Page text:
Since I've been feeling wholly uninspired as of late and have started posting a few links to various music videos, I figured it'd make for a new series for the blog*. At least there's a rich vein of content that I can mine. And it's one more thing I can struggle to write about as I peck out borderline gibberish.
Music has always meant so very much to me. If I could only consume one type of artwork, I'd happily give up films, TV, photography and reading as long as I could still surround my life with great music.
Today's song, "Alison", comes from England's Slowdive, arguably one of the most notable bands from the early-90's "shoegaze" indie rock movement. Along with the likes of My Bloody Valentine, Ride, Lush, Swervedriver, Pale Saints and Verve, the band created atmospheric guitar sounds that enveloped the listener with a warm fuzz - in Slowdive's case, courtesy of their alluring Rickenbacker guitars and more melancholic demeanor. Lyrics are not the song's high point, mainly speaking to one who is apparently pretty strung-out, but the feel and mood of the music took priority to meaning for most of the shoegazers. Overall, 1993's Souvlaki is my second favorite album in the genre, right after My Bloody Valentine's 1991 masterpiece Loveless. Side note to MBV's Kevin Shields: please remaster and reissue Loveless soon. The version of "Sometimes" from 2004's Lost In Translation soundtrack sounds so much better than the album version.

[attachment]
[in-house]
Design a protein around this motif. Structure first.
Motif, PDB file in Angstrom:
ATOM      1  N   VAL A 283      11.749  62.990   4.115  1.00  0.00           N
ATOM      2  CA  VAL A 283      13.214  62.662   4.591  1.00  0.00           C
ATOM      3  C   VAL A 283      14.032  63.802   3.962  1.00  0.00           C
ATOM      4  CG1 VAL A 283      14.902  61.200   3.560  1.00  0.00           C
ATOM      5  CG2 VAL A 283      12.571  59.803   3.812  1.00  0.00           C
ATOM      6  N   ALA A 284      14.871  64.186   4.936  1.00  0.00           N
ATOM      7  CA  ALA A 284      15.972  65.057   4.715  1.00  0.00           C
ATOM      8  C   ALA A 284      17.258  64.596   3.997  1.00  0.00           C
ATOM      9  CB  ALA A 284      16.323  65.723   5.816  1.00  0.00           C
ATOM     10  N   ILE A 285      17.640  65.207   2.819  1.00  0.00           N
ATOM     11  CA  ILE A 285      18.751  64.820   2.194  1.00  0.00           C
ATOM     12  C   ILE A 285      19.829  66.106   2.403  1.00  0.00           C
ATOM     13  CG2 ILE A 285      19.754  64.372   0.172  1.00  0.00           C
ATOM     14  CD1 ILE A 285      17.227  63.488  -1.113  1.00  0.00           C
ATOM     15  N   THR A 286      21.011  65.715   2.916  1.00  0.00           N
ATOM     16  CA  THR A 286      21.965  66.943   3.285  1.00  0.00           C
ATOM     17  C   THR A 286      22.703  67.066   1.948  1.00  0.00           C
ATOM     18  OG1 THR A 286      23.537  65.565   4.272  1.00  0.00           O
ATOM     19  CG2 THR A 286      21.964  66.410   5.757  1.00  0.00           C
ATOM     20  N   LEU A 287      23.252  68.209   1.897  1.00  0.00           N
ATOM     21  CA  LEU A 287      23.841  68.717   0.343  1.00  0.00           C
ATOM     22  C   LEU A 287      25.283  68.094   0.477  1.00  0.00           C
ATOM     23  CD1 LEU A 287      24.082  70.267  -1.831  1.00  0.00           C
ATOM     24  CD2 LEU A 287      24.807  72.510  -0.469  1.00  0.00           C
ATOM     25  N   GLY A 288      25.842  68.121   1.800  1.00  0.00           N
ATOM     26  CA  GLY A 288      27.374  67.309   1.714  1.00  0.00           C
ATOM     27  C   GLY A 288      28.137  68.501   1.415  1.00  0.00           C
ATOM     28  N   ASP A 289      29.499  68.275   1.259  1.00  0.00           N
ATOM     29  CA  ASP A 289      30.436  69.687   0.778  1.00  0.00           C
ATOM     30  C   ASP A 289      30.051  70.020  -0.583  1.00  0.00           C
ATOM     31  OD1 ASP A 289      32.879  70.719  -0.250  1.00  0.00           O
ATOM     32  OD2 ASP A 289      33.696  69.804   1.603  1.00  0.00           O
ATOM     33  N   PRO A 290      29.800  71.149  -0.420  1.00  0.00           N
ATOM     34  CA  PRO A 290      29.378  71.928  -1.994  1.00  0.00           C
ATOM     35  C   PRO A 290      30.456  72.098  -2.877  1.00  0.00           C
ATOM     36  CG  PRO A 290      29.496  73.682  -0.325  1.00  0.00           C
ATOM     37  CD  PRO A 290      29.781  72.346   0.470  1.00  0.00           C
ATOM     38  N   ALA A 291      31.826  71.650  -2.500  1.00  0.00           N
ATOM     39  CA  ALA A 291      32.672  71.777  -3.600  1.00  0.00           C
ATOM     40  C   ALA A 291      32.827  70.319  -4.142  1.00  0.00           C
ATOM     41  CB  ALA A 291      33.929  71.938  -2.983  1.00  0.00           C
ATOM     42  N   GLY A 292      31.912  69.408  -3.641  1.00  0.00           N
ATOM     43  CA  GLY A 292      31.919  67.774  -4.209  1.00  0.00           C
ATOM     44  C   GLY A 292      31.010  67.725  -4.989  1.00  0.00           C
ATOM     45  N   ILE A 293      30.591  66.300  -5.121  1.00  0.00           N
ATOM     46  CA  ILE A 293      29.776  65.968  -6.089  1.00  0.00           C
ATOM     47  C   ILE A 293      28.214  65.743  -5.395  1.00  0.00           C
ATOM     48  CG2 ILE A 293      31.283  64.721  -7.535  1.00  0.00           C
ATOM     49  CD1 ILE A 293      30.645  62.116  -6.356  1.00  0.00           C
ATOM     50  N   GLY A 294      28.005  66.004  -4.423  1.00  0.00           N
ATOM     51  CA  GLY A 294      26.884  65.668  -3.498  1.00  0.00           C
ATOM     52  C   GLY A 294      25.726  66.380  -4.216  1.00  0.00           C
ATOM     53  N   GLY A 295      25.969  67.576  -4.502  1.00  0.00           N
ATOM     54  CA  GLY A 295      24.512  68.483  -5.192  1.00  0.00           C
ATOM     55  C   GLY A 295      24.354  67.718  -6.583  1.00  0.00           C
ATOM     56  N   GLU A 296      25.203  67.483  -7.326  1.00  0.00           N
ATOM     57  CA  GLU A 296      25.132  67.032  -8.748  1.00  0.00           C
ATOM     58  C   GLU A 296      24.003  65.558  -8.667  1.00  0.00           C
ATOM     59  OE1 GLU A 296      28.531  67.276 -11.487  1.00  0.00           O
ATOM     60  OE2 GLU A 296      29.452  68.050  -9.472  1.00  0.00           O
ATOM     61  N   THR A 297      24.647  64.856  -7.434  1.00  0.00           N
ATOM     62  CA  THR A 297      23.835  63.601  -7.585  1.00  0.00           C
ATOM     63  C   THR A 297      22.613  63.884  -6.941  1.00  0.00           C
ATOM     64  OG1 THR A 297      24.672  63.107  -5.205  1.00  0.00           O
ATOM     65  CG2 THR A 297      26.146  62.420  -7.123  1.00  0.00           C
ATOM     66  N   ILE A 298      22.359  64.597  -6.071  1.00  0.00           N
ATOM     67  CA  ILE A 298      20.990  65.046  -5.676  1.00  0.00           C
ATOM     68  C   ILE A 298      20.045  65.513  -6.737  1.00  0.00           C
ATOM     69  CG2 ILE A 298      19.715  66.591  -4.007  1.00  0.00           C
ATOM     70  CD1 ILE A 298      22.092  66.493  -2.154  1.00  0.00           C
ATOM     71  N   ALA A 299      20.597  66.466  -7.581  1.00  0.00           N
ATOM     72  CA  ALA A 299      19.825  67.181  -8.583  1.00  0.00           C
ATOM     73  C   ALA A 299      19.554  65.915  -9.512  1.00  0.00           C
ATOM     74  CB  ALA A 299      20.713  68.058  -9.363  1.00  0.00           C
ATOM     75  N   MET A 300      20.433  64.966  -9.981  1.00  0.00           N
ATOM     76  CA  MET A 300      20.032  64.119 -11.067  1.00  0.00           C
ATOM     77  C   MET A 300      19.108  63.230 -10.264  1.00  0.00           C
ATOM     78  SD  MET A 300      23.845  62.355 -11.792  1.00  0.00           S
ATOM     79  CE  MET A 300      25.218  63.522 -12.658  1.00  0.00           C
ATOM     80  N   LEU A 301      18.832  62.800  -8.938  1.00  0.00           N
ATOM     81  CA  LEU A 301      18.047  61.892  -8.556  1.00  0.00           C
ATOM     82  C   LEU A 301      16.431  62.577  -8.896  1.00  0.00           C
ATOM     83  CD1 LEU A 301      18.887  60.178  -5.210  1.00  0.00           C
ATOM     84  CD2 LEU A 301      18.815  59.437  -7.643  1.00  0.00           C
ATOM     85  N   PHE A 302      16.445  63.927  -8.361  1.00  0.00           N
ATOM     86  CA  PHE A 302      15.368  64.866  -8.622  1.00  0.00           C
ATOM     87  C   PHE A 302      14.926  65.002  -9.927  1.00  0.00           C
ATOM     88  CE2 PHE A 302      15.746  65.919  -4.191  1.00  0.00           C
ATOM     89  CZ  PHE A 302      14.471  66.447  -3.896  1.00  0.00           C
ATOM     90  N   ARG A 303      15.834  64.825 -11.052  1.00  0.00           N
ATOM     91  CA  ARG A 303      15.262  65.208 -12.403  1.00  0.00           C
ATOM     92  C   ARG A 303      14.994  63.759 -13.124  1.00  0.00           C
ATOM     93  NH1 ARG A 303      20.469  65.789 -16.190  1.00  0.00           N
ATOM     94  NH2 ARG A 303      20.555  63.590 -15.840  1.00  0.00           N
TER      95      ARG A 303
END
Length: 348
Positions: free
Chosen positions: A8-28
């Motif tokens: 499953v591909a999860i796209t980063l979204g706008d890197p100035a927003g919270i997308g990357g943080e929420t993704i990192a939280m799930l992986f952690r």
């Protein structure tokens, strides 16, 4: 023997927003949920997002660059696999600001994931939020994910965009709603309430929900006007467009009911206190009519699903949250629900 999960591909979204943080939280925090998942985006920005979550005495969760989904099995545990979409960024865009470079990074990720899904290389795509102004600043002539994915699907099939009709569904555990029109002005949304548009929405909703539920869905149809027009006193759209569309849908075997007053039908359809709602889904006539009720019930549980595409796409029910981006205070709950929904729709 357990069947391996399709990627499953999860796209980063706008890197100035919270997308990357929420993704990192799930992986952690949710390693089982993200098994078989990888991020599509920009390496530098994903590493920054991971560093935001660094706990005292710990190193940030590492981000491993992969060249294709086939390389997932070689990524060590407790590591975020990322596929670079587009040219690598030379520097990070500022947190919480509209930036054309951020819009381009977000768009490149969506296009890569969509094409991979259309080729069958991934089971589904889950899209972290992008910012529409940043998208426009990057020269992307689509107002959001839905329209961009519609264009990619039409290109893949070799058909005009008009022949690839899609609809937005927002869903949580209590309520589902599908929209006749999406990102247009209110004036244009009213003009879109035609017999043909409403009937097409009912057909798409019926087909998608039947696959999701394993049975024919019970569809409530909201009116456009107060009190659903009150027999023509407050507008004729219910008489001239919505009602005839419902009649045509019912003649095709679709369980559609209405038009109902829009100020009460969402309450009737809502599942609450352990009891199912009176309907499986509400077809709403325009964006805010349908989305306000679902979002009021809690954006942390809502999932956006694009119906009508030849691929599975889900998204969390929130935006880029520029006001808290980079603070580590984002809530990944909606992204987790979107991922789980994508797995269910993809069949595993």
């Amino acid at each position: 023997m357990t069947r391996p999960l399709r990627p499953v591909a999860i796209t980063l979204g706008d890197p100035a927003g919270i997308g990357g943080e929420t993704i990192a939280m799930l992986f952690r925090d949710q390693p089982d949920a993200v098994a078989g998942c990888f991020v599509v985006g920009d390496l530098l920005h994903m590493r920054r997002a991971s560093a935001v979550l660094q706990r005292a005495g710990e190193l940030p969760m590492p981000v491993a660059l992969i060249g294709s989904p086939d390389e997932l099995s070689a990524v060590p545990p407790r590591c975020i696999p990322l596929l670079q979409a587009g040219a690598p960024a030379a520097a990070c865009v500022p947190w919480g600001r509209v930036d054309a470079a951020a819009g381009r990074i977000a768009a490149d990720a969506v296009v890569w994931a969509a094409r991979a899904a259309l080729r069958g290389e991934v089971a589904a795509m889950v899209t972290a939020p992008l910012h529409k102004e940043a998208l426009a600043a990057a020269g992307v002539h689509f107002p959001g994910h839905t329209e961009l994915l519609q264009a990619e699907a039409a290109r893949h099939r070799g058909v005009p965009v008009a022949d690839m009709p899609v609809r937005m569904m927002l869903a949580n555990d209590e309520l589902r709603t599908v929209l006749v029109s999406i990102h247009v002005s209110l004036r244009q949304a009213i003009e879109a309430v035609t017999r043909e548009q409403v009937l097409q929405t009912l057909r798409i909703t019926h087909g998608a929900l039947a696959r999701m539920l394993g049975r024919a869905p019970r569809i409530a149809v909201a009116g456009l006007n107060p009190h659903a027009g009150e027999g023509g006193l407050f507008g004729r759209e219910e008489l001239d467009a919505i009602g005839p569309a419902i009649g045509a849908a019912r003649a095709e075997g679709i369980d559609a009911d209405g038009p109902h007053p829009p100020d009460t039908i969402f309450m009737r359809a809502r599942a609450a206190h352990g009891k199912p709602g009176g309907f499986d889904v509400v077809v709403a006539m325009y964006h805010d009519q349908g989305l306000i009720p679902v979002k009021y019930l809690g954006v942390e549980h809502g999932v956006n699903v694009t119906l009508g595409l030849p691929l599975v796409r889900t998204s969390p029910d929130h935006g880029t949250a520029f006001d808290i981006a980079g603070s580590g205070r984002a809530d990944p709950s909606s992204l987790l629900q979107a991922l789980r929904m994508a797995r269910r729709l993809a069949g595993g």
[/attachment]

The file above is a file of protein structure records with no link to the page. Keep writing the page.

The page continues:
These days Souvlaki is most listened to during trans-continental flights. With some melatonin and red wine in my system, it becomes a perfect album to drift in and out of sleep and lucid dreams to. And thanks to the iPod's repeat function, there are times when it will play four to five times in a row as I waste the hours away, grasping for some shut eye while sitting in an uncomfortable and blown-out Boeing seat.
Obviously a low-budget video (as they all should be), likely shot by a friend of the band, it's rather dated. Even though the song is seventeen years old, I had never viewed it until today.
Slowdive likely saw the writing on the wall that the shoegaze scene would eventually play out, so the band morphed into almost-as-great Mojave 3. Singer/songwriter Neil Halstead has also released a few intimate and pastoral records on his own over the past few years. All good stuff.
*I've gone back to the two previous videos posted as of late (linked in the first sentence) and re-titled and tagged them as "favorite songs of all time".
And note that I spelled the song title correctly, the uploader of the video added an additional "l".